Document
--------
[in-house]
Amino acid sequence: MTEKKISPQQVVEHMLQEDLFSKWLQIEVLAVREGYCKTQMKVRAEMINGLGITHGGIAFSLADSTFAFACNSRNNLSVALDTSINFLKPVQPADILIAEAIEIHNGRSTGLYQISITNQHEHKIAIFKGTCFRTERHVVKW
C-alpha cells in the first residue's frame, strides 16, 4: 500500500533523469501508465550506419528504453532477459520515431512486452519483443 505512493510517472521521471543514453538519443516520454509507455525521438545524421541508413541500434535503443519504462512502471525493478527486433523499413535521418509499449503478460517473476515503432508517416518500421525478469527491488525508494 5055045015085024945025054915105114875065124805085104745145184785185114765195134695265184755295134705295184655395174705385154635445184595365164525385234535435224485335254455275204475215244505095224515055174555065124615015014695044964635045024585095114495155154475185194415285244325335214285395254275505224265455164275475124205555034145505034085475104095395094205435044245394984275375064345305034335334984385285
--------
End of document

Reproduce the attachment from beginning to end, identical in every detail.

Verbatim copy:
[in-house]
Amino acid sequence: MTEKKISPQQVVEHMLQEDLFSKWLQIEVLAVREGYCKTQMKVRAEMINGLGITHGGIAFSLADSTFAFACNSRNNLSVALDTSINFLKPVQPADILIAEAIEIHNGRSTGLYQISITNQHEHKIAIFKGTCFRTERHVVKW
C-alpha cells in the first residue's frame, strides 16, 4: 500500500533523469501508465550506419528504453532477459520515431512486452519483443 505512493510517472521521471543514453538519443516520454509507455525521438545524421541508413541500434535503443519504462512502471525493478527486433523499413535521418509499449503478460517473476515503432508517416518500421525478469527491488525508494 5055045015085024945025054915105114875065124805085104745145184785185114765195134695265184755295134705295184655395174705385154635445184595365164525385234535435224485335254455275204475215244505095224515055174555065124615015014695044964635045024585095114495155154475185194415285244325335214285395254275505224265455164275475124205555034145505034085475104095395094205435044245394984275375064345305034335334984385285